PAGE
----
IMG_0007_2I was there for some volunteer work, for a Landmark Worldwide Team Management and Leadership Program,  did this as my final assignment. I made all the traveling and housing arrangements and with the help of some travel wise friends and actually stayed there, for three and 1/2 weeks, on my own. I still was very self conscious of my facial palsy and the disabilities accompanying it.   

I was faced with a cataract surgery that could leave me blind. My palsy affected the nerves and muscles of my face and eyes. I could not move my eyes and certainly could not focus. The surgery would be a serious and my sight was at risk! It was indeed a scary time for me.  

This class was something I have always dreamed of doing and it was the expectation of an actual class in the theatrical arts that got me through the surgery. I came through the surgery and came to my first class the following February . I instantly fell in love with the theater and it was this class that carried me through a difficult recovery. 

A year and a half before I had presented a booklet of six memoirs to my Fiftieth Year High School Class Reunion, and promised them a revised book of Memoirs within a year of our reunion. For obvious reasons, my promise went as broken. This theatrical class would lead to the opportunity to be on stage in a Seattle Repertory Production. This was appropriate for keeping a promise. Through out the next few months, my courage and unstoppabiliy to actual act on a live stage, took everything I had. My high school classmates and friends were very excited for me AND I delivered my promise in an accomplishment , far exceeding my expectations.  

My eyes were weak, affecting my balance and my singing voice cracked some of the time. There was a few times when I almost gave it up….and there was my promise of producing something! 

Maybe this was too much for me. Matt, Paul, Simone , Katrina Ann Marya’s support and enthusiasm kept me coming to the classes and were a vital part of my competing my role as a siren and Ithacan woman in The Odyssey! 

I had so much resistance to fulfilling my roles in the play. There were obstacles to hurdle and it was often a real struggle to keep going. 

A few days after I accepted the parts in the cast, I had news that someone, whom I had served a restraint order on, found my whereabouts. I was scared of him showing up and causing trouble. If I said something about I might be discouraged from going through with the play, so I went to the police and saught  the support of my priest, therapist and close friends. 

According to reliable sources, he was too physically ill and brain damaged from the chemical abuse, he could not even take care of himself, much less, travel outside of his Arizona home town! My determination and unstoppability, led me on. I had no problems and this obstacle disappeared .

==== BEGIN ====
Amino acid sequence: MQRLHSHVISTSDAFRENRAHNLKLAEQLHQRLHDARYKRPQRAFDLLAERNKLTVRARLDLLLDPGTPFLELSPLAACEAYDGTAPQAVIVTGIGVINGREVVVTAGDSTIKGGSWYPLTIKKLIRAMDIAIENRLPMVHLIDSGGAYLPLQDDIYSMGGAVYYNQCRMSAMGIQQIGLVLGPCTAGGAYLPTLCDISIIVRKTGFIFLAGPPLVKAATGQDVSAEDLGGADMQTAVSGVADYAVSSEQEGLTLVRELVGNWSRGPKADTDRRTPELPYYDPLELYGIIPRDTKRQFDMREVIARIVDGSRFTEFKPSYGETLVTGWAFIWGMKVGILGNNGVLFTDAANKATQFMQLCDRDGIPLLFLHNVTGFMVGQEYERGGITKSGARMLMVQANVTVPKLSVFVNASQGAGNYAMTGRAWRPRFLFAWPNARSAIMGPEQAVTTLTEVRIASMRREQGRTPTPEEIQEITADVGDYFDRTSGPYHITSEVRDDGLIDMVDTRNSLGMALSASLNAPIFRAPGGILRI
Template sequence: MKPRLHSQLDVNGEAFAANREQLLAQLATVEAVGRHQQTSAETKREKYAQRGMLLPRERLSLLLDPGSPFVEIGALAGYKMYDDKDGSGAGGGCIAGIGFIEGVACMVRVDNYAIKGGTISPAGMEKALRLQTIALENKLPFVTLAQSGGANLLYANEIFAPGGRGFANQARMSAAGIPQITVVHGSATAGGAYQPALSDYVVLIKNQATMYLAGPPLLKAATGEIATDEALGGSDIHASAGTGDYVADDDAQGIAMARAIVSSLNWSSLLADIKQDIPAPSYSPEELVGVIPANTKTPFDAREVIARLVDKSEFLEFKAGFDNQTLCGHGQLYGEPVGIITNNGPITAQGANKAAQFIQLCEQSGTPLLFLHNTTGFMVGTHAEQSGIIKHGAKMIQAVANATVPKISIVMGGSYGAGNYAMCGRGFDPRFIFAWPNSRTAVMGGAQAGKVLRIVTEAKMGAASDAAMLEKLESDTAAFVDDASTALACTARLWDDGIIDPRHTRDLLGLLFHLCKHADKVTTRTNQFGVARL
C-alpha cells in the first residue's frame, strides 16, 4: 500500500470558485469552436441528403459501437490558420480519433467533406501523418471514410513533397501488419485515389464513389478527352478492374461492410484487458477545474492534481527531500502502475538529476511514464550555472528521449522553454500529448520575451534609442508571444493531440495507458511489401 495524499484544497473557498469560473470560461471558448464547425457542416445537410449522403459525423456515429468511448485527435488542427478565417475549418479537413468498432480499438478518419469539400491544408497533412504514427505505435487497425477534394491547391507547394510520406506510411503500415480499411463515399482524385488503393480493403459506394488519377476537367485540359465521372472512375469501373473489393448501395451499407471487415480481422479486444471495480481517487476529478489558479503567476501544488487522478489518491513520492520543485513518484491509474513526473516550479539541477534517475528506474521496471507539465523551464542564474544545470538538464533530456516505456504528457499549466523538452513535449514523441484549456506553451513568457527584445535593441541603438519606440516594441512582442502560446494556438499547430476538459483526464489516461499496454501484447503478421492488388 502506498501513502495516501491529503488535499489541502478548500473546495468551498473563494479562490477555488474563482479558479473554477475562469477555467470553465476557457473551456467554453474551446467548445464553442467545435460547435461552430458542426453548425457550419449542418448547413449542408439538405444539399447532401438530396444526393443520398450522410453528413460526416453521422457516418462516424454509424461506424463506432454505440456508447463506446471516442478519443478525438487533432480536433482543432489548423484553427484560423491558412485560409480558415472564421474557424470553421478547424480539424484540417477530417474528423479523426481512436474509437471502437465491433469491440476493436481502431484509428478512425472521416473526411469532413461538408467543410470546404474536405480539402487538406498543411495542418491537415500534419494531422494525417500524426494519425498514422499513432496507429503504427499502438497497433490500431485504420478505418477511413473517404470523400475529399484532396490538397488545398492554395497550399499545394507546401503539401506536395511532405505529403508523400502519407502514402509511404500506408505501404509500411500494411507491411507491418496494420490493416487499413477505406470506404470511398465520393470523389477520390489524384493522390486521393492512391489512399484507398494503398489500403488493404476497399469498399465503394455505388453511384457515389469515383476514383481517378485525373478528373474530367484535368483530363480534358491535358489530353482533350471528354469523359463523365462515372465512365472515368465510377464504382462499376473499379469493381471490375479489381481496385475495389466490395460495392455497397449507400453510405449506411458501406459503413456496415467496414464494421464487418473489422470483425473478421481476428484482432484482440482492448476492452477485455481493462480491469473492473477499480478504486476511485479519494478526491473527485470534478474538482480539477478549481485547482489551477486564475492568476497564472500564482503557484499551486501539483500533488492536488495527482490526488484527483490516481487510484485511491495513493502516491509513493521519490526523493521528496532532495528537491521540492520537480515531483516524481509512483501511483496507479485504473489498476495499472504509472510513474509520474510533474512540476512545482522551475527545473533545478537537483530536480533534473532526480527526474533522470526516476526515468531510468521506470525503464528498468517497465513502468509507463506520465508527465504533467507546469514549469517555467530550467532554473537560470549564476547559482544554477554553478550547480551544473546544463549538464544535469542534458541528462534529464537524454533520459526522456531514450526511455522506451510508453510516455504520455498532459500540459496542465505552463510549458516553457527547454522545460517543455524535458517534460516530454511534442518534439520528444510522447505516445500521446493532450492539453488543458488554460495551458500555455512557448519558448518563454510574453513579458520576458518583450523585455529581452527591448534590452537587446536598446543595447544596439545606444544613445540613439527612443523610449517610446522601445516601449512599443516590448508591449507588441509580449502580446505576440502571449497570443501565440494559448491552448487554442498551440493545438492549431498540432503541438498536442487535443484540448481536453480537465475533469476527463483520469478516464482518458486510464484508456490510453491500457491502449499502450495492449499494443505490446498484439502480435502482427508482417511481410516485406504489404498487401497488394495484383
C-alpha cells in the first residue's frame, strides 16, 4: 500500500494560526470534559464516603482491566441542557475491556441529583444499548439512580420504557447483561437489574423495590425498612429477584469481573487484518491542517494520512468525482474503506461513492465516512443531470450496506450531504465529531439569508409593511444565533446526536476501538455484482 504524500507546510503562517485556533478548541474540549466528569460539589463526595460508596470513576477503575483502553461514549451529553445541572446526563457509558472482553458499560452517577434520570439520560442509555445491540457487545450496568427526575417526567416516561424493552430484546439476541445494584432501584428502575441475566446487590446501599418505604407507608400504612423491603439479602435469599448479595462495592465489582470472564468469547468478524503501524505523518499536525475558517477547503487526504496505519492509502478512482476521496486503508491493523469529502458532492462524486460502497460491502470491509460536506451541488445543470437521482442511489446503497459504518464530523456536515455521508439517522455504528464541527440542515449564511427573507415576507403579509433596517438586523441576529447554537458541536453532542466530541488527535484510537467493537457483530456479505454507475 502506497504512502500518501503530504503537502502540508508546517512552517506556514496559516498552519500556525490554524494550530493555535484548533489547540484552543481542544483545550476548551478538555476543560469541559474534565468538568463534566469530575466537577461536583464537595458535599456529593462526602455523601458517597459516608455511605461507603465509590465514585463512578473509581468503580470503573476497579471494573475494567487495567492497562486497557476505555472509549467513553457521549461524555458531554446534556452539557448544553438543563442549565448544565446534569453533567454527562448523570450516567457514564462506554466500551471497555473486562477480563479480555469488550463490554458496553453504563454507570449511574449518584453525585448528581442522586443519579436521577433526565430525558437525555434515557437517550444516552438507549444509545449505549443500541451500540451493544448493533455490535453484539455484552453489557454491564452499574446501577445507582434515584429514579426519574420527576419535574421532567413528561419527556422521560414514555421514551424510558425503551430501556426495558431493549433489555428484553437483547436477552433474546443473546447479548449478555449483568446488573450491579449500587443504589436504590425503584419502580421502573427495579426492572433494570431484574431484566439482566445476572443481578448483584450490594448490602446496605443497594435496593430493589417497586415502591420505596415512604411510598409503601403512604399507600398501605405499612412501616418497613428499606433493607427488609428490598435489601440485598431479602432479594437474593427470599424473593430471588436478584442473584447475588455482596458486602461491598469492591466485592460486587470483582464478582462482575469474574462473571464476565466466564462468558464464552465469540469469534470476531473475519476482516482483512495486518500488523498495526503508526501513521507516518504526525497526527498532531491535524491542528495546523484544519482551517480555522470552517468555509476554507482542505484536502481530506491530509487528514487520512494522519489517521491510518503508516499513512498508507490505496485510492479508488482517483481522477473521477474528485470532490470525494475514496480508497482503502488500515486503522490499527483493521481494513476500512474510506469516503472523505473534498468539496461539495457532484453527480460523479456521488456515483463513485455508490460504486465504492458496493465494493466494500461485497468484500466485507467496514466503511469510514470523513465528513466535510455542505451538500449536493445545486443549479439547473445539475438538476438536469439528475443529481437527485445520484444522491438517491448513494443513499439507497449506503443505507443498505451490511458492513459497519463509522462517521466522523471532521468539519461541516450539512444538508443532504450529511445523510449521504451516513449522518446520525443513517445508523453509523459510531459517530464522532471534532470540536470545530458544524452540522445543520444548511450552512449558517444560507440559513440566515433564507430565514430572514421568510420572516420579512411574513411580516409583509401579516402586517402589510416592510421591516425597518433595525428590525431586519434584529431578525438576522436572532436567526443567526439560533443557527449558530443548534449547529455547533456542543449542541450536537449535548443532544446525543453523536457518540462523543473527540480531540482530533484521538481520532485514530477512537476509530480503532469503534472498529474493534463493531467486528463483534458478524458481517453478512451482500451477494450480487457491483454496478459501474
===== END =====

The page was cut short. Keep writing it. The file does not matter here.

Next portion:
The most significant obstacle I had to hurdle was my disability and fear of what people would think. Maya’s  assignment for us was to make up our own individual character or for those with speaking parts, to study the script and put ones self in their own perception of this person, they portrayed. This was my saving grace. 

My personal life was outwardly happy and successful, while I struggled, inside. I worked very diligently on my characters and my personal journey was adaptive to the Ithacan woman, Adelina who was coming to terms with her old age and the diabolical that came with it. I had non speaking roles and I was coping with my physical disabilities and that lively spirit that wanted to share in the struggles of her fellow Ithicans. 

The three songs we sang and danced to, were mine, not only in the play, but this reality for me! 

How far would you sail was a question I asked myself, every day. My physical limitations and the irony of our commander in chief coincided. Singing this song over and over instilled in my mind, the importance of sailing HOME. I bonded with the other cast and got the importance of being a part of a township and actually being a part of a play. We needed each other to make our story complete. As well, we needed each other to fulfill our dream of being on stage. I was unstoppable! 

I dealt with stiff joints from dancing, for the first time in years and my inability to see my place on stage. We get by with a little help from our friends! 

The turning point for me came with the first time, we did the whole play. It was the beginning of the most crucial part of our rehearsals. We were NOT to miss any rehearsals, from here on out. My body and head resisted this promise, but my heart and soul won out. 

Somehow, I came to rehearsal an hour before I actually was expected. Seeing the play for the first time instilled the passion I had for being a part of this wonderful play. It was one of the final sets that brought home to me who I really am!

Odysseus has returned home. He conceals himself as a beggar and has won the arrow shooting competition. Penelope held for the selection of a new king. He shoots the arrow and makes the mark. The towns people knows then, who he is.

I was standing behind him as he declared his loyalty for his people. I was playing the part of Althea. The words “I will fight for you, my people!” were strong and I heard another voice, within me saying, “Lynette, you will keep living on, because you are… are… ARE the woman you already are!” In spite of the onset of cellulitis on the final performance day, the stage was my long-wanted opportunity to be the unstoppable and spirited woman I always have been and this time I totally GOT who I am!!